Courses that carry the Independent Inquiry Flag are generally upper-division or capstone-style courses that challenge students to integrate skills and knowledge they have acquired over the course of their undergraduate careers. Students use these skills and expertise to create something new and contribute meaningfully to their discipline.
For a class at UT to satisfy the Independent Inquiry Flag, it must meet the following definition:
- At least one-third of the course grade must be based on the students’ independent investigation and presentation of their own work. The presentation of their work can take place in many venues including presentations in a capstone course, a performance, independent research, or a thesis.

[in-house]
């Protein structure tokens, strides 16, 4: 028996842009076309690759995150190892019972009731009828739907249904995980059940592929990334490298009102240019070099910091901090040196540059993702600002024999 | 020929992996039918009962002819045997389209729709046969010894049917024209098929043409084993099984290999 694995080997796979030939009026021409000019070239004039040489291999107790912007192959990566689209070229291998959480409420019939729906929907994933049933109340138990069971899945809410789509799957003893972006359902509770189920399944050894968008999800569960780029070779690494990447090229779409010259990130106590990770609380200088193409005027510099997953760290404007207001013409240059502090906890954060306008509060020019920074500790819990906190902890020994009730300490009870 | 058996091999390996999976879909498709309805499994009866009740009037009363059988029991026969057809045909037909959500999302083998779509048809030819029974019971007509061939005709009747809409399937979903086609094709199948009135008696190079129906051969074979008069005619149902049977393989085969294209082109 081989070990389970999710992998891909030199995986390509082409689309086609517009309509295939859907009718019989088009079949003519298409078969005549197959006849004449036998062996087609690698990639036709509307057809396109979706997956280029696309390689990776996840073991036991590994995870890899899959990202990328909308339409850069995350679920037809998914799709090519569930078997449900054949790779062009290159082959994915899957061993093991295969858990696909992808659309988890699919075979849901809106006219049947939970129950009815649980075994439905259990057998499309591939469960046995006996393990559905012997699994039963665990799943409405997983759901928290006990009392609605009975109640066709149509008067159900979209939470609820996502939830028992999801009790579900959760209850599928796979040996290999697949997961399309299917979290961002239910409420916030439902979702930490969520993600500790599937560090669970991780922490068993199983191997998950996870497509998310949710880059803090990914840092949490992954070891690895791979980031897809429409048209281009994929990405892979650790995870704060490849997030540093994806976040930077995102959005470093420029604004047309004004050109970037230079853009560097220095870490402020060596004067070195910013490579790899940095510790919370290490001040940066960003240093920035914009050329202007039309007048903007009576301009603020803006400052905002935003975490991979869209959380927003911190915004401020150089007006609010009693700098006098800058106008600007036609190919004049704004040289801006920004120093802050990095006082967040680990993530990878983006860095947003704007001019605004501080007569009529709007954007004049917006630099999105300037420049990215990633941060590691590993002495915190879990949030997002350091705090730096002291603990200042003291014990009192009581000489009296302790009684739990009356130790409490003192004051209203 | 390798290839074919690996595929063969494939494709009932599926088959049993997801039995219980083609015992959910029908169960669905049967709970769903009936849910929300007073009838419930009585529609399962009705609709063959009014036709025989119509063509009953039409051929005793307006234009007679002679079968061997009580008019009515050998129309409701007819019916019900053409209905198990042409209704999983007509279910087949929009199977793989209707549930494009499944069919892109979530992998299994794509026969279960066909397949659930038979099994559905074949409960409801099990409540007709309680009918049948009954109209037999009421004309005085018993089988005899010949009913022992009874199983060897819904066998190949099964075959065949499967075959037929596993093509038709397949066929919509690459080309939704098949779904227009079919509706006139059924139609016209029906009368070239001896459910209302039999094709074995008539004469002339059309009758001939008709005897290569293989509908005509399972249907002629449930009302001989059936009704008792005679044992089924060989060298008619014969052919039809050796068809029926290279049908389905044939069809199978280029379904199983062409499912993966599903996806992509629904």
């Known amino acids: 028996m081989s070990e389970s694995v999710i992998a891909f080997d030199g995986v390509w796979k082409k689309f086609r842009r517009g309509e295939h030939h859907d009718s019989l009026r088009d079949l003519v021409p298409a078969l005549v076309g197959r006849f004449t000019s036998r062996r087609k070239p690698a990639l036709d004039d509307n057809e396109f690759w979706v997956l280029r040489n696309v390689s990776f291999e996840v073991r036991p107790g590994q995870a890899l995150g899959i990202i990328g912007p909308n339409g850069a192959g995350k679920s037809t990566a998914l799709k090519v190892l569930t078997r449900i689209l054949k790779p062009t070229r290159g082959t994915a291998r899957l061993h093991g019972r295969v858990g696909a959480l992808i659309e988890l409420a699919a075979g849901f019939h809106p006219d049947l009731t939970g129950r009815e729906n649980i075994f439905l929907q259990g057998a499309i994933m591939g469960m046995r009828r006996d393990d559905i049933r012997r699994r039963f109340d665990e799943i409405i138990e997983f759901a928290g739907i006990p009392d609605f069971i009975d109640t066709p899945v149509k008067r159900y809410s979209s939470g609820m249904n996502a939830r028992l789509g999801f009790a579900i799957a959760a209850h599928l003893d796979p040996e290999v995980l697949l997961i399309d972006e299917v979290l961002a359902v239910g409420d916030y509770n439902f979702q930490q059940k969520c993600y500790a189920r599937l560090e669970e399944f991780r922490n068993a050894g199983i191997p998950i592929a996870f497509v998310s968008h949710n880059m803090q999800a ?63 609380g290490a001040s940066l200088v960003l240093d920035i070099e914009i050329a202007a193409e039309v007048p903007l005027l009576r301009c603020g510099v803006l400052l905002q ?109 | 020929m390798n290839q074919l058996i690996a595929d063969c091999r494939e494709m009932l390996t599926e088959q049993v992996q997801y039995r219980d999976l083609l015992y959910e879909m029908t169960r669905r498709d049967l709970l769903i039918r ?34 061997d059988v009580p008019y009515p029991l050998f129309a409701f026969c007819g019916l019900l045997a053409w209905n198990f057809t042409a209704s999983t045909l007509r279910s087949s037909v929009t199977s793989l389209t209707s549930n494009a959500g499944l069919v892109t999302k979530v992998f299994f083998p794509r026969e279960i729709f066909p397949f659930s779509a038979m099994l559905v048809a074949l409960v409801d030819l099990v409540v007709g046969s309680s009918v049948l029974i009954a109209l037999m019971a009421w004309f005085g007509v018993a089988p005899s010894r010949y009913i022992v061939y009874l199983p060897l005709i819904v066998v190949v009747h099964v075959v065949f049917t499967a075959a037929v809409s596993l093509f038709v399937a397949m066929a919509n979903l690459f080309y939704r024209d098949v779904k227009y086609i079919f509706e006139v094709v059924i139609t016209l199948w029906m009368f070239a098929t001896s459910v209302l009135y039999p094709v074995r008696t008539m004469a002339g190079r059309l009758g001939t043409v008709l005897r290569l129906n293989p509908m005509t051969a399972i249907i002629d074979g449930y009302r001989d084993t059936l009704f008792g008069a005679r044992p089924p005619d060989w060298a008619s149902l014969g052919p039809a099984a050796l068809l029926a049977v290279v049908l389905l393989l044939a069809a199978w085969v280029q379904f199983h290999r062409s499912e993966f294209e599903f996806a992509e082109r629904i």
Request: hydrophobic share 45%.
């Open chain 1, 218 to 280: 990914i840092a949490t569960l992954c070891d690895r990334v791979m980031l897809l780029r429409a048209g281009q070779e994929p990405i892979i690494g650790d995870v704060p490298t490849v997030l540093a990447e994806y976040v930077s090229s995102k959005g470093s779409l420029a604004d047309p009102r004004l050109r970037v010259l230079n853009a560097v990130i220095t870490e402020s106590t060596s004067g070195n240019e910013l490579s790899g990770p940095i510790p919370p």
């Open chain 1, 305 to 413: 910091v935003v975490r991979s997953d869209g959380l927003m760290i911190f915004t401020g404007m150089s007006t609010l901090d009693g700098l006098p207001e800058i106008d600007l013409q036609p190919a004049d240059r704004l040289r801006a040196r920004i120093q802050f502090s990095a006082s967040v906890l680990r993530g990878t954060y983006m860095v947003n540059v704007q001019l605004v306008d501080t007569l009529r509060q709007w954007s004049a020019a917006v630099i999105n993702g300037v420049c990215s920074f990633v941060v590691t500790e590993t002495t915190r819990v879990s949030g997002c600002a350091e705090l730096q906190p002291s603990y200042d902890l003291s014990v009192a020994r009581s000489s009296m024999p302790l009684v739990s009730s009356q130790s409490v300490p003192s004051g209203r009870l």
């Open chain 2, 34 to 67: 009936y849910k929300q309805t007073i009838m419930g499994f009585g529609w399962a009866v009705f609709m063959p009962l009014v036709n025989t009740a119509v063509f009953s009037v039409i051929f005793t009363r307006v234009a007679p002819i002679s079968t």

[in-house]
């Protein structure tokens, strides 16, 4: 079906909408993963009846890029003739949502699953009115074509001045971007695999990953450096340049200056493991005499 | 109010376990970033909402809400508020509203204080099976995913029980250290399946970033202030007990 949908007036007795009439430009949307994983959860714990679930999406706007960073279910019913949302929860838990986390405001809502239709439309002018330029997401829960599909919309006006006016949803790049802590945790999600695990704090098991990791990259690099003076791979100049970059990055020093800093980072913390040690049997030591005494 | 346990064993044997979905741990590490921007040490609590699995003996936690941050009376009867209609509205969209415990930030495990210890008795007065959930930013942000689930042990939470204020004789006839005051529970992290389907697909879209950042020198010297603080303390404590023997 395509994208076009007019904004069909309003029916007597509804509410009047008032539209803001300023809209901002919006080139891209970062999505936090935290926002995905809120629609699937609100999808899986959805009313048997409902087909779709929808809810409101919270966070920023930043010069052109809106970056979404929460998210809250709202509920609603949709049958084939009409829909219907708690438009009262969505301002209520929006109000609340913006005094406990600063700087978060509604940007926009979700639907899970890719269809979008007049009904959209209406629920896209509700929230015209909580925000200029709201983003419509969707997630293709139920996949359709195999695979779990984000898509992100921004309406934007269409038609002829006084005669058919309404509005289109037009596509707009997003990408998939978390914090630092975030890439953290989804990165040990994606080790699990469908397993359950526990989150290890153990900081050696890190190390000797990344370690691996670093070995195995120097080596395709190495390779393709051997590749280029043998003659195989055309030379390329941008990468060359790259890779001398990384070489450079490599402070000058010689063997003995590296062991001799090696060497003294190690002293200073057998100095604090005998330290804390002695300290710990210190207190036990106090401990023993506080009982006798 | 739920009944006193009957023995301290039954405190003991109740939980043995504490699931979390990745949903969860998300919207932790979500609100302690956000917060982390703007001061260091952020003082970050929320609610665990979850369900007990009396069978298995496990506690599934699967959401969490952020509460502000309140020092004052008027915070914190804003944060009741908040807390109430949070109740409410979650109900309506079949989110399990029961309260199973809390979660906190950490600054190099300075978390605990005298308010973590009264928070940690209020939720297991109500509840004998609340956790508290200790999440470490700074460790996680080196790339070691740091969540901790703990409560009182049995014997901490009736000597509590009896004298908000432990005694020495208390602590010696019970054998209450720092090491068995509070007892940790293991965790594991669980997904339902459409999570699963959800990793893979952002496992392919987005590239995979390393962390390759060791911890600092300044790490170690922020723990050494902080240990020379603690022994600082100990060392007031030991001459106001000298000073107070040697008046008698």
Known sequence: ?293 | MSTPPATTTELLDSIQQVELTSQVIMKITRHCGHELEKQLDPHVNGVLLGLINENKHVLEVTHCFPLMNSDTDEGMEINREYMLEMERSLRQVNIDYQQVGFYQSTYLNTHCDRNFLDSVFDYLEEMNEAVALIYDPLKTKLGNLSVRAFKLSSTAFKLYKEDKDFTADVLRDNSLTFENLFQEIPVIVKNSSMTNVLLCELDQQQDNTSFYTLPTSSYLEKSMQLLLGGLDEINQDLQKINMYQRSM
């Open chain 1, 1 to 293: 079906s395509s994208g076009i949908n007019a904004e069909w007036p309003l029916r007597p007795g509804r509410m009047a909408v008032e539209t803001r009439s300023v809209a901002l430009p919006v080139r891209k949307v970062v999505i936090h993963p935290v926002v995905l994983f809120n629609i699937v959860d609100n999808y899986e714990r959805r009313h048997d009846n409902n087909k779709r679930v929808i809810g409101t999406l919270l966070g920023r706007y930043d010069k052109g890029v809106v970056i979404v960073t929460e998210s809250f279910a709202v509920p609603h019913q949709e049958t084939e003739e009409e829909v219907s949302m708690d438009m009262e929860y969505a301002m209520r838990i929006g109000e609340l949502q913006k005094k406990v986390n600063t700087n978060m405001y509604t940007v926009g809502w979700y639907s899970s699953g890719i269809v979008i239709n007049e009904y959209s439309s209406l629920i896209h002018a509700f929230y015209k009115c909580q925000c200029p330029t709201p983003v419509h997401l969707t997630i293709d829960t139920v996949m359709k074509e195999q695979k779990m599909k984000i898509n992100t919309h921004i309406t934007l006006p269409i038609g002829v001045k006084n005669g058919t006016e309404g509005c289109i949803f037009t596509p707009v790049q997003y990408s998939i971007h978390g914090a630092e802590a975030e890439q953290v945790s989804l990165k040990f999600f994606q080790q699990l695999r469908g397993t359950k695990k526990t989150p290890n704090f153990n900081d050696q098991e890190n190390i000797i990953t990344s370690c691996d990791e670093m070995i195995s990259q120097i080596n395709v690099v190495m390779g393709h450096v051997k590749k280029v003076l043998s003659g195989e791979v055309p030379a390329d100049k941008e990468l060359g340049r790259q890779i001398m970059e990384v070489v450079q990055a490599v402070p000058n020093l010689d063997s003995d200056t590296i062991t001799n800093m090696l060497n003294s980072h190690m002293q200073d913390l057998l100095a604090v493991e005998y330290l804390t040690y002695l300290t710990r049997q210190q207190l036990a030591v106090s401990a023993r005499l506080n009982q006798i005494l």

What is an Independent Inquiry Flag class like?
Independent Inquiry courses are taught in departments in almost every discipline, primarily at the upper-division level when students have already taken many classes in their field and are ready to produce something of their own. For example, an Independent Inquiry class might have you curate and present an exhibit showcasing your work, develop an integrated communications plan for a real client, work with your engineering design team to solve an Austin traffic problem, or design and execute scientific research. In all disciplines, these are process-based classes. Their focus is the process of discovery and creation in that field, at a professional or near-professional level.